Dysregulated metabolism is a hallmark of early problems with the NEM stress response. The body’s metabolic system provides an early warning sign of internal derangement, but the symptoms are often overlooked. Uncontrolled metabolic syndrome symptoms can lead to the development of CAD. Research strongly suggests a relationship between metabolic syndrome and CAD. Metabolic syndrome also develops in people who suffer from AFS, both in the early stages and the late stages.

Cardionomic Circuit Dysfunction

The cardionomic circuit contains the cardiovascular system (CVS), the autonomic nervous system (ANS), and the adrenal glands. When this circuit becomes dysfunctional, severe symptoms develop.

The CVS and ANS work in conjunction and balance with one another in the ideal response to stress. However, should these and the adrenals in this circuit become overloaded, dysfunction occurs.

The breakdown of this circuit progresses in a stepwise manner. First, the hypothalamic-pituitary-adrenal axis becomes overloaded and dysregulated. Following this, imbalances in metabolism emerge. These imbalances include hypoglycemia, fatigue, sugar craving, and exercise intolerance.

The ANS becomes dysregulated next. The ANS is responsible for regulating levels of norepinephrine and epinephrine. The increasing levels of these two hormones produce anxiety, rapid heart rate, and sleeplessness.

The CVS then responds with damage to the cardiac nodes that regulate heartbeats. This results in several irregularities in heartbeat along with high blood pressure.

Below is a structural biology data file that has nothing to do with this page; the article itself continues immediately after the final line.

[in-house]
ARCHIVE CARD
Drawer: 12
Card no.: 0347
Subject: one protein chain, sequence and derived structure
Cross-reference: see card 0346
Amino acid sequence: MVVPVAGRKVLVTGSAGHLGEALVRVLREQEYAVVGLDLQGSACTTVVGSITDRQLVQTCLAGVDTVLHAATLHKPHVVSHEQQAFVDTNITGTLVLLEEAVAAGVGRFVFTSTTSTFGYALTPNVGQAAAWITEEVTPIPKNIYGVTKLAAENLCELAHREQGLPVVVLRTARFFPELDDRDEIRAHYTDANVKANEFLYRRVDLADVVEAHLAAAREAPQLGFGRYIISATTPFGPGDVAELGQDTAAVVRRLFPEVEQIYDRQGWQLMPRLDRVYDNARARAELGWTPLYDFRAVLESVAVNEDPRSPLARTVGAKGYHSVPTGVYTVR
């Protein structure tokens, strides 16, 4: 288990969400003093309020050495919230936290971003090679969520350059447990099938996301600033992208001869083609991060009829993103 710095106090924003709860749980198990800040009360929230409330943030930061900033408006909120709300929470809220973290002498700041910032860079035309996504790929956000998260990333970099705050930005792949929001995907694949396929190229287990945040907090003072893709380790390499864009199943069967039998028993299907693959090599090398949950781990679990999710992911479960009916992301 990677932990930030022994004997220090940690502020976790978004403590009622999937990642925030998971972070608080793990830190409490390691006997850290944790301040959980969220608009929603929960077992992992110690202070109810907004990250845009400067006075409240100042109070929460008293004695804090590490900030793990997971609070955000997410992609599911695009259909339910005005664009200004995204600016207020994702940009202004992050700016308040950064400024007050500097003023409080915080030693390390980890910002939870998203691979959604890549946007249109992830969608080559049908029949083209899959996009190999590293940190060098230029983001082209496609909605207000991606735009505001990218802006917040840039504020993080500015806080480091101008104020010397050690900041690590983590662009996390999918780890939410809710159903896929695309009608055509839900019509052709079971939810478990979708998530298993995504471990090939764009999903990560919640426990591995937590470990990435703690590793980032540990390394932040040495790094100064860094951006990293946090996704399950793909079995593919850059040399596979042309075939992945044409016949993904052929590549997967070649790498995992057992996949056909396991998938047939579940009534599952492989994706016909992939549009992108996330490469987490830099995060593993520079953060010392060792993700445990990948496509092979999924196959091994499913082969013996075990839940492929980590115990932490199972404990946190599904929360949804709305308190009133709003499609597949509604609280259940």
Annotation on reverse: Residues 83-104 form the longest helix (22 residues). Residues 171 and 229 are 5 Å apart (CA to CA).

From the findings of current research, it appears that ingesting probiotics helps with some of the symptoms involving the CVS. The relationship between probiotics and metabolic syndrome symptoms leads to benefit for your heart.

How To Take Probiotics Effectively

Studies suggest it best to take probiotics with food or at least thirty minutes prior to eating. Taking probiotics with food tends to support their survival as they progress through the stomach into your gut.

Fats supply this protection well. Putting milk of any kind on your cereal in the morning serves this purpose. Also, eating nut butter provides a buffer for your probiotics.

An image of a doctor explaining something to her patientThere are different schools of thought. Some think that you should take probiotics that contain at least five different bacteria types and switch them around every few months to give yourself different types of gut bacteria. Other people like taking higher amounts of probiotics.

You should always consult a healthcare professional familiar with any conditions you have, including AFS, before starting probiotics.

Side Effects of Probiotics

If you are considering the relationship between probiotics and metabolic syndrome and the results of research, it is also essential to know the potential side effects of probiotics. Although few, the side effects may show up.